Obviously with so many new advancements in such a cluttered field, there is much more to debate these days.
Comment by Old Hat SEO -
Where\’s That Manual?
Comment by SatRadKid -
\”Too many non techies that think they are techies drowning out the real techies\”
Yes, thats true, withou school or withous skills, just somthing like economy or politics knowledge(education) and talking about General relativity
Comment by Kataster Nehnutenost -
Wow, that is so true.
Comment by Dave -
What the hell is Cube\’s talking about?
Comment by Nathan -
Quite frankly there is just too much damn stuff to keep up with these days. I\’d rather argue about why America is going to the crapper if we don\’t change things.
Comment by GO Zone Preconstruction -
You obviously have a background in streaming webcasts *cough* Broadcast.com *cough* but I think we have moved on to different types of discussions.
The discussions you are talking about really started when the technologies were in their infancy. They are much more mature and mainstream today, not a whole lot to debate really. Although I must admit I am somewhat impressed with MS Silverlight.
The discussions I get involved in are still age old debates that rage to this day: Intel vs AMD, Microsoft vs Open Source, Net Radio vs RIAA (http://www.savenetradio.org/), Cisco vs …Juniper?, ehh not much of a debate there :p
Comment by Brandon Mangold -
I think so much of the actual technical merits of the discussions, for many techies, has become a mute point since the actual best technology (i.e. Beta vs. VHS) doesn\’t always actually win the race in the long run. The average person doesn\’t hear most of the high tech stuff and selects things based upon how well known the company is that provides it, commercials, etc. It is pretty scary the digital divide between the 1% of the people who understand the technology, the 20% who can\’t stop the VCR from flashing and the rest who know almost enough to be dangerous. Even techies who buy my companies product seem to be far behind the curve an far as many software related issues are concerned. I think the knowledge gap is growing as the speed of new technology introduction increases. I am just now looking into the whole bluetooth thing. OUCH!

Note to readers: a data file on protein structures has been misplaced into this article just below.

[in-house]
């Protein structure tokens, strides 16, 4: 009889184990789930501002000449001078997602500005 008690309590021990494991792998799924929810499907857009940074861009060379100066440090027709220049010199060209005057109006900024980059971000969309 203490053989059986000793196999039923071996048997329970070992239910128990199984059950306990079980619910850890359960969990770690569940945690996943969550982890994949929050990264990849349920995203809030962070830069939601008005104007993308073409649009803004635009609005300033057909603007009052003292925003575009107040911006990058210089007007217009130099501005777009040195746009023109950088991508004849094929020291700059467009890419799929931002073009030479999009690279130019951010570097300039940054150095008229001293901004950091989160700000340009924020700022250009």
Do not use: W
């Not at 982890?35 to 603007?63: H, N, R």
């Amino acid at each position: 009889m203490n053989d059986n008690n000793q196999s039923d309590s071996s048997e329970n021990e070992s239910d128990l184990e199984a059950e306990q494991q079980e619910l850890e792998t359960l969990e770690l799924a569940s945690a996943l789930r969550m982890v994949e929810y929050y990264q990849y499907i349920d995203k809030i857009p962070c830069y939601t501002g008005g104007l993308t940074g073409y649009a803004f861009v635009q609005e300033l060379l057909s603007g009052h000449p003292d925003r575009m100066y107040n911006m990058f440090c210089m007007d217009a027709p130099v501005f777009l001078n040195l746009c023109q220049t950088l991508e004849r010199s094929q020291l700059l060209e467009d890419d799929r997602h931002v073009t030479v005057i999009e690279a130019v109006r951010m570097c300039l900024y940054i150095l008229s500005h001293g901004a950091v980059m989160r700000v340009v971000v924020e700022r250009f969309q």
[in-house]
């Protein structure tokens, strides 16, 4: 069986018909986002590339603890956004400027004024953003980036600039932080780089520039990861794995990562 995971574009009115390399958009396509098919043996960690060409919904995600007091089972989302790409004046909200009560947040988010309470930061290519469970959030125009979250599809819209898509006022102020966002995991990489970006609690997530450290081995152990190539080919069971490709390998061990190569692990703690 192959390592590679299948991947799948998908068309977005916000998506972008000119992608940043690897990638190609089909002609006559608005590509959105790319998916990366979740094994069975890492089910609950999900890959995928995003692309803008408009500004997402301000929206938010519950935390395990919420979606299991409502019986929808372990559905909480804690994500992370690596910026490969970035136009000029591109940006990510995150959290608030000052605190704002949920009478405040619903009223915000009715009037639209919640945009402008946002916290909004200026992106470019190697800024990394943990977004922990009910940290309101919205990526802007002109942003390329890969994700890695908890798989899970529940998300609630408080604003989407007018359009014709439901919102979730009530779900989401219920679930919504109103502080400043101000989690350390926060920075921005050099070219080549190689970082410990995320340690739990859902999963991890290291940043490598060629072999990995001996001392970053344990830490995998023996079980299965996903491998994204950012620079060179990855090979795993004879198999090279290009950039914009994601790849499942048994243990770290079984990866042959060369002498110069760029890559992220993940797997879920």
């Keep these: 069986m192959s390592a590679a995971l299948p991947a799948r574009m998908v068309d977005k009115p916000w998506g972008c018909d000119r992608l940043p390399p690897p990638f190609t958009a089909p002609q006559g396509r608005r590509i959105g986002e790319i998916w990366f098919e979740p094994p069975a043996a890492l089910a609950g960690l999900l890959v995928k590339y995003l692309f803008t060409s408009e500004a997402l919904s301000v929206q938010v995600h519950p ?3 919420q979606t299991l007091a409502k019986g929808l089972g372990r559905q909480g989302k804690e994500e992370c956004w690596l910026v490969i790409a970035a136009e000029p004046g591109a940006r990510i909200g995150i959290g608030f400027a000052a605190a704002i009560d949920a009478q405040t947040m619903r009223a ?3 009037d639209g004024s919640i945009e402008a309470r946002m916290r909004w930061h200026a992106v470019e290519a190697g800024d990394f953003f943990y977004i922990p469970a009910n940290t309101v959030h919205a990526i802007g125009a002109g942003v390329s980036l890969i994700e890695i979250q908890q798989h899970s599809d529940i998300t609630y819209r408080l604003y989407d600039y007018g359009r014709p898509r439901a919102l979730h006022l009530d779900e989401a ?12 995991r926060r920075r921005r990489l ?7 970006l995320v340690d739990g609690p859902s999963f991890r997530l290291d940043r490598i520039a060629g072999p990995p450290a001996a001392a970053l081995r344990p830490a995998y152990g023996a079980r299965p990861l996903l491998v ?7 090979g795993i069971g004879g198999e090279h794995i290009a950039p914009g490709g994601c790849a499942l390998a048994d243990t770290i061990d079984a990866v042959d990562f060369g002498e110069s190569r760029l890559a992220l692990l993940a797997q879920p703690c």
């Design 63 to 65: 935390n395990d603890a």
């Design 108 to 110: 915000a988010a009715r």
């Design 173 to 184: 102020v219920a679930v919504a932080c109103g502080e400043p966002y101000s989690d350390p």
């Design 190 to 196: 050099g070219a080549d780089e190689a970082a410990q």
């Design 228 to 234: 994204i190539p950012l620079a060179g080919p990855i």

Comment by Rob Thrasher -
Too many non techies that think they are techies drowning out the real techies. Acting nerdy talking about crap like Twitter, and Iphones, when they should be talking about interpreted vs compiled web development languages, and Ruby on Rails caching systems.
Comment by Nigel Kehler -
You want an interesting tech discussion. Check out cloud computing…
Comment by Kyle -
The Yahoo/Intel tech is going to end up on the tru2way platform. Look at all the vendors involved in the press release. And then there\’s this: http://twurl.nl/6q42tm.
And the folks above are right. Deep tech discussions happen on the forums.
Comment by Mari -
I think tech discussions, like most things, are cyclical. They\’re still going on, but they\’re not quite as mainstream right now as they have been at other times. Just give it a few years: they\’ll be back.
Comment by Scott Johnson -
Mark, this is simply because you don\’t know where to look for it anymore
places for good discussions
Ars Technica\’s OpenForum – http://episteme.arstechnica.com/eve/
AVS Forum – http://www.avsforum.com/avs-vb/
HardForum – http://www.hardforum.com/
and right now I\’ve been playing around with media center, so I\’ve been reading and posting to the green button – http://thegreenbutton.com/forums/
there are many others that fulfill what you remember.
What I would say is that if people aren\’t discussing tech, then it means they don\’t care about it, so take that for what you will about tru2way.
Comment by sp -
You mean like \”debates\” on whether or not you\’re just \”lucky\” or you actually have been one of the leader innovators in all of business? We know where to find that discussion!
Comment by Jeremy C. -
We actually had some pretty good technical debates during the whole HD DVD vs Blu-ray thing, but to your point it was necessary to root through all the fanboy bias to find it.
And we at Engadget can\’t get enough of your stuff too, we really need to get you behind the mic again like back in the beginning of the HD Beat days.
Comment by Ben Drawbaugh -
You\’re looking in the wrong places, Mark. There is a ton of good technical discussion on the web, but it doesn\’t come from the popular places like Engadget, GigaOM, or whatever. Great technical comes from the people implementing the technology, or building something on top of the technology. It\’s much rarer coming from the end users and the people writing about the technology for popular audiences.
The real technical discussions are taking place in mailing lists, on Usenet (which as been usurped by Google Groups)and IRC, and in highly focused blogs written by developers. You actually have to work to find where to tap in to \”the know\” on any particular set of technologies.
Comment by grant -
It\’s a good point for sure but I think contributing to the difference in these discussions is the proprietary nature of much of the technology. Arguing token ring vs. ethernet was great because you could code for either and could get into a very detailed examination of how they function. How much of Microsoft\’s technology is open to real discussion? Not much…
How many CS majors today can look at proofs about best case/worst case/average case run times of competing products outside of the Linux/Open Source world?
That being said, there was a great discussion going on today about the exact causes of some of the iPhone 3G connection issues on DailyTech:
And the film business has had some interesting conversations going on about recording technology when RED stepped on the scene. What we don\’t have are great conversations about output formats – just instructions how people think it\’s best to deal with them.
Comment by Noah Harlan -
Comments are closed.